Holistic Wellness of the JHS-SEAS student and faculty of Union Christian College
Keywords:Furthermore, the coverage of the study is recommended to be expanded to the entire College to develop an enhanced institutional wellness program for all stakeholders.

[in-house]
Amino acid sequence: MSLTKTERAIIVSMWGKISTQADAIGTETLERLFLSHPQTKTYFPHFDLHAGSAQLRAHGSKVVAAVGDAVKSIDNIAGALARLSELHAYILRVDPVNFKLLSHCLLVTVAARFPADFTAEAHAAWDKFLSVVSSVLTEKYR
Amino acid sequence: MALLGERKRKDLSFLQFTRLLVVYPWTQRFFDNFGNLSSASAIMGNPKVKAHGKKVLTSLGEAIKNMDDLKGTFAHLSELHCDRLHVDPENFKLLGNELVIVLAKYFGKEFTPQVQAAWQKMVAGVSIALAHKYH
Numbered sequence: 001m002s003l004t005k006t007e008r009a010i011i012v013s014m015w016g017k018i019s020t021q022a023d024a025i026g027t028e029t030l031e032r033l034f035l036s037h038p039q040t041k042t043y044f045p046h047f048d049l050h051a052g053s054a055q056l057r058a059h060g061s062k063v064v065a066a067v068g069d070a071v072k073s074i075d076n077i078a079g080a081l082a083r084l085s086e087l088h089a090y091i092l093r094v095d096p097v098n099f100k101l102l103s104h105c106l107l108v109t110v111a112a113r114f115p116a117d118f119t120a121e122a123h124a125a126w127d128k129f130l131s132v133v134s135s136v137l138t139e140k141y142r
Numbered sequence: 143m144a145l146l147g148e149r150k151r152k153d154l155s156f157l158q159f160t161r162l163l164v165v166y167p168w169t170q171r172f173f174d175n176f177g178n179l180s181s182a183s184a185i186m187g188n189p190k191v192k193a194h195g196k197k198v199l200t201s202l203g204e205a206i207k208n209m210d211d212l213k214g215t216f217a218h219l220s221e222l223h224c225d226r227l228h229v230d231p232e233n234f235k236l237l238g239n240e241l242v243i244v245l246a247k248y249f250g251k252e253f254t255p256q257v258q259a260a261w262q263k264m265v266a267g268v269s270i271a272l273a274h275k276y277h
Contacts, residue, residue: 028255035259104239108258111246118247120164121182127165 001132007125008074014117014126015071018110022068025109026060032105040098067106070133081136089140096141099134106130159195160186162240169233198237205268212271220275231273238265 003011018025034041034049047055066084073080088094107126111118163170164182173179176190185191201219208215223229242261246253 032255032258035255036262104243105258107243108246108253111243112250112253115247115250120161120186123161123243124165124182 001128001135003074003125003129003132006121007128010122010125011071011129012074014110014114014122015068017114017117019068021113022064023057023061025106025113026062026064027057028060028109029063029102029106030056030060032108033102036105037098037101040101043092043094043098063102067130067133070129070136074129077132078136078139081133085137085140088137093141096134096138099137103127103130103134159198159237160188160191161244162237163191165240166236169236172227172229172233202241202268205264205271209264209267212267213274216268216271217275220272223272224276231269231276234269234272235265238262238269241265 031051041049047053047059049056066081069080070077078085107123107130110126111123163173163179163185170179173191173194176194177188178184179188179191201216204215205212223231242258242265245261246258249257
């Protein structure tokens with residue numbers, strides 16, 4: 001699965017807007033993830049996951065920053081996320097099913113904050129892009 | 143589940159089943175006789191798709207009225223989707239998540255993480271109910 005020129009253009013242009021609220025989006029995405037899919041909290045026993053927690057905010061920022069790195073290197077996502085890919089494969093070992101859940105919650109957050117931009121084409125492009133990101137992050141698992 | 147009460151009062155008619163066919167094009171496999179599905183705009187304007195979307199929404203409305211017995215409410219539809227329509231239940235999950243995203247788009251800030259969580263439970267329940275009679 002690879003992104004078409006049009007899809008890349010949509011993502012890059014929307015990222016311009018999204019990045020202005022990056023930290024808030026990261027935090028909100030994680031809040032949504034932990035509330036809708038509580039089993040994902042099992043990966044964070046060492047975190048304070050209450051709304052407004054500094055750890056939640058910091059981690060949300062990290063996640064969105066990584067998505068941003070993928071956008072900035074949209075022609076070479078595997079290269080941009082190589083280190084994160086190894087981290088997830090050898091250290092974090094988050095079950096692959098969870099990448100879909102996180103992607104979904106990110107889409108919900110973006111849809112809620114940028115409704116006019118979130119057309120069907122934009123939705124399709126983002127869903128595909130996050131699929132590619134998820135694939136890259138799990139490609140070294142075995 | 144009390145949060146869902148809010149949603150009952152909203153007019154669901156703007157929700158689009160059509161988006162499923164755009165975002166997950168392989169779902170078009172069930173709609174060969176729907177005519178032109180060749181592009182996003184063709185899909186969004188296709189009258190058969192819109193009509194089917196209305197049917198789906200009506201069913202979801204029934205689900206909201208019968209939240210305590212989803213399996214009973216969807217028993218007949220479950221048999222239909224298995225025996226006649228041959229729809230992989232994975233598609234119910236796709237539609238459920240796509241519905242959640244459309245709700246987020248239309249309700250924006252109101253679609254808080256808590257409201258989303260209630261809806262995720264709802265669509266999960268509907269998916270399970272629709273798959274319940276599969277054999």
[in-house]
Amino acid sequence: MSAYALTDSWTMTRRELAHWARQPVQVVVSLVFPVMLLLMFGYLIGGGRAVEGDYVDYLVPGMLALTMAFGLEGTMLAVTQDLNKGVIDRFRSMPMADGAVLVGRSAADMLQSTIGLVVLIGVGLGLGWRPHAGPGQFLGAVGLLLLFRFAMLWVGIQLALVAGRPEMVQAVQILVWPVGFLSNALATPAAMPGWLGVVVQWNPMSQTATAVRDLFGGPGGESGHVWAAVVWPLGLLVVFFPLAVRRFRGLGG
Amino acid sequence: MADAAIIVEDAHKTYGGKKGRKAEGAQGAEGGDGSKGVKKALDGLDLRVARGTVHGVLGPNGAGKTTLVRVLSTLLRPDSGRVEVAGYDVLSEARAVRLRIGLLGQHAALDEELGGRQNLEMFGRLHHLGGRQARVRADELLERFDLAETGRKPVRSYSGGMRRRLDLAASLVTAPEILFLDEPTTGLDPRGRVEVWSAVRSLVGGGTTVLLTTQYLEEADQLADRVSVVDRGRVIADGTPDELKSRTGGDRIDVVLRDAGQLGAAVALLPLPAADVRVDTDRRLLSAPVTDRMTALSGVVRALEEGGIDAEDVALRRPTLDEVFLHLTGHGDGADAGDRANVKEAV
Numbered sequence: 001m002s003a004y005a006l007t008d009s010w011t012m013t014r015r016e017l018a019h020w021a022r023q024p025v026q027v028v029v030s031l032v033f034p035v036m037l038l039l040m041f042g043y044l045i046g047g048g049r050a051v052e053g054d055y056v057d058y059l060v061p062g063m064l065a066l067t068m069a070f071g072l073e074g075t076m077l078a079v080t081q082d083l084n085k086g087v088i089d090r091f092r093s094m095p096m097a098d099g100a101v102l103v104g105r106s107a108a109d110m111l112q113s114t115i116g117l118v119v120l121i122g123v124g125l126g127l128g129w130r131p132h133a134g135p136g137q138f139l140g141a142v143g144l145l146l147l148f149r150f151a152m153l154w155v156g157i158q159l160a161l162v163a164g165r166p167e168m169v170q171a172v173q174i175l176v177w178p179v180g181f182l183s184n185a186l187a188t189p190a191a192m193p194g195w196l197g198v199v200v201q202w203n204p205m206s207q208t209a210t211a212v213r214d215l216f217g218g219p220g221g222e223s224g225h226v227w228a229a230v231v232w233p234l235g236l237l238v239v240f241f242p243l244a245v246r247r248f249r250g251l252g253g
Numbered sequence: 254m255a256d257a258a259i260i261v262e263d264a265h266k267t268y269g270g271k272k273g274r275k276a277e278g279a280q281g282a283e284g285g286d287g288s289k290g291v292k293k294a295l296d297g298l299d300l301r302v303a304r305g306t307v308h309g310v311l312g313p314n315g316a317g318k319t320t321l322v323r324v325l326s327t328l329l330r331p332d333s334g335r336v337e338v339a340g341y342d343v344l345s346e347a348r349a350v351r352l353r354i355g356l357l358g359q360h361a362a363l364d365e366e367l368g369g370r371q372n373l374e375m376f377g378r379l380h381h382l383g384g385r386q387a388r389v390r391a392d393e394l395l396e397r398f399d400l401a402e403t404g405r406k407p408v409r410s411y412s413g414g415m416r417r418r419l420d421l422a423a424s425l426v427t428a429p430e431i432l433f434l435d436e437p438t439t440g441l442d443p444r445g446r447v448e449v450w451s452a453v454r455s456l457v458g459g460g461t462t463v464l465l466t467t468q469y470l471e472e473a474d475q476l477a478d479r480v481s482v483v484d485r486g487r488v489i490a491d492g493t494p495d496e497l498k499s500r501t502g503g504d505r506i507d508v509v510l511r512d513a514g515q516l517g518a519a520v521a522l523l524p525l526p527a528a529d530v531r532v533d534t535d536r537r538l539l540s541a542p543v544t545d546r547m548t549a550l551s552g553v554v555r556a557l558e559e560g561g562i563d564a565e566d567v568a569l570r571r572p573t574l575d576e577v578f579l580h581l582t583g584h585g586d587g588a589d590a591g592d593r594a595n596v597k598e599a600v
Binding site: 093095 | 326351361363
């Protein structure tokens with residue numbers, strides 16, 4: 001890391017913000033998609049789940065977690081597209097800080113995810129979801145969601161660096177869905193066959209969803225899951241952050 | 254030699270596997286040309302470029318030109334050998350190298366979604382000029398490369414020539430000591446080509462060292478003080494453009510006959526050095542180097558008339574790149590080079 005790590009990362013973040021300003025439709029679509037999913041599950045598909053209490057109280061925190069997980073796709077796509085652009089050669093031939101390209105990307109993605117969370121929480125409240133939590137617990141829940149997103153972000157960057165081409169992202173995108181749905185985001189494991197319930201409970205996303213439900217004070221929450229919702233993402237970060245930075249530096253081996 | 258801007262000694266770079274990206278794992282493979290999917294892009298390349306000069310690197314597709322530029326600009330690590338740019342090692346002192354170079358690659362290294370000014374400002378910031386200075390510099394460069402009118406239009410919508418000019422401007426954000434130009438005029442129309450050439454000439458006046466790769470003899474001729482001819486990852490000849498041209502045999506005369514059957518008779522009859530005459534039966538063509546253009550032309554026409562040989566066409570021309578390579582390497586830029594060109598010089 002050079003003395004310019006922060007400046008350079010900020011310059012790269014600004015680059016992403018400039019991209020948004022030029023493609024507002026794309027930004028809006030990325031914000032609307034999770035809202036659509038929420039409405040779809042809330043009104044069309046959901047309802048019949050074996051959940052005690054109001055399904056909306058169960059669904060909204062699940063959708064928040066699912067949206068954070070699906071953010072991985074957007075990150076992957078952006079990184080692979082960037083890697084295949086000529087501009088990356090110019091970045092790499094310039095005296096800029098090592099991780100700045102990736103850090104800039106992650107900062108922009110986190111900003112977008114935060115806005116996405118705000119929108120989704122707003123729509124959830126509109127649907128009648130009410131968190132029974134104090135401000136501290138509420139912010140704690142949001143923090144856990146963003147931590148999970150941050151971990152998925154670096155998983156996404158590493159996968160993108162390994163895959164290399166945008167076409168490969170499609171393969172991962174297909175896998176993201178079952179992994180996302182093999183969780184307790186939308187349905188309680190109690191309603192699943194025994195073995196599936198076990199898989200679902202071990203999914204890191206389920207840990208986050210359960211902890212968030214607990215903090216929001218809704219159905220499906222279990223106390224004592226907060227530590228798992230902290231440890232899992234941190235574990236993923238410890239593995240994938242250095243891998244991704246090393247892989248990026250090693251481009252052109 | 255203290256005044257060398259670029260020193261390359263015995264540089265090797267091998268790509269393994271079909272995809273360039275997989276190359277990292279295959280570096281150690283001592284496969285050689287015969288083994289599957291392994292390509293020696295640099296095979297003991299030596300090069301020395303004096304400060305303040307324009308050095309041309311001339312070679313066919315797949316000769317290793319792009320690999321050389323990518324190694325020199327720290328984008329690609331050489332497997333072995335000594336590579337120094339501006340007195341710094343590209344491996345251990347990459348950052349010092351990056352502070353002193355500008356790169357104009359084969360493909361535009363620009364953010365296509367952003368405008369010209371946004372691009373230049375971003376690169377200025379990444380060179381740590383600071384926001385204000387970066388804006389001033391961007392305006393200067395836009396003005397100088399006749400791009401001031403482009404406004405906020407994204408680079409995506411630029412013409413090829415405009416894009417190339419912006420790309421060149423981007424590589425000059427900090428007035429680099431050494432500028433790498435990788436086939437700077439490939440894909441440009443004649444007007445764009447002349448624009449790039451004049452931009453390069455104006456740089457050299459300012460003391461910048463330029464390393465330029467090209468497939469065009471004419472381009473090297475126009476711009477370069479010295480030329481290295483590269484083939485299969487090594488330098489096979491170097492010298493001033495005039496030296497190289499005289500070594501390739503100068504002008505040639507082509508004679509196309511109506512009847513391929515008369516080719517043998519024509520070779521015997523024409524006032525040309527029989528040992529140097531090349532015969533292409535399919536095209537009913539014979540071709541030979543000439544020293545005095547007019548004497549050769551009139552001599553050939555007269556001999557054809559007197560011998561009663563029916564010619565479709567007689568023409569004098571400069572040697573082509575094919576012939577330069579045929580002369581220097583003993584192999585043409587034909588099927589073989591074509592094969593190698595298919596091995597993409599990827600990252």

An integral part of UCC’s institutional vision and mission is Whole-Person Education, a large part of which is subsumed under holistic wellness. The researchers determined the level of holistic wellness of JHS students, SEAS students, and faculty pre-pandemic and during the pandemic and compared the level of holistic wellness among these three groups as well as in terms of sex, religious affiliation, type of community, and family income. . The study used cross-sectional research design as it described the status of holistic wellness among the respondents and determined their differences in the phenomenon being studied, given the different profile variables. The respondents of the study were students and faculty members from the Junior High School and the School of Education, Arts, and Sciences. The main data gathering tool was an adopted questionnaire from Smith (2008). The data were treated using the total scores of the respondents to determine health status, a paired sample t-test to compare pre-pandemic and during pandemic holistic wellness, and ANOVA and Kruskall-Wallis to compare the three groups for significant differences, including significant differences in terms of gender, religious affiliation, type of community, and family income. . Overall, the respondents had a good health status in terms of their general well-being. Also, they fared well in the different dimensions, such as mental and emotional (highest), spiritual and social, and physical and environmental (lowest). The respondents had a significantly better wellness status before the pandemic than during the pandemic. The faculty was significantly higher than the SEAS students in terms of mental and emotional health. There were no significant differences among the three groups in terms of general well-being and the other specific dimensions of health. There were no significant differences in the level of holistic wellness in termsof sex, religious affiliations, type of community living in, and family monthly income. The researchers recommend revisiting the continuity plan for both schools to explore how the holistic wellness of the junior high school students, pre-service teachers, and faculty members can be supported and enhanced. Furthermore, the coverage of the study is recommended to be expanded to the entire College to develop an enhanced institutional wellness program for all stakeholders.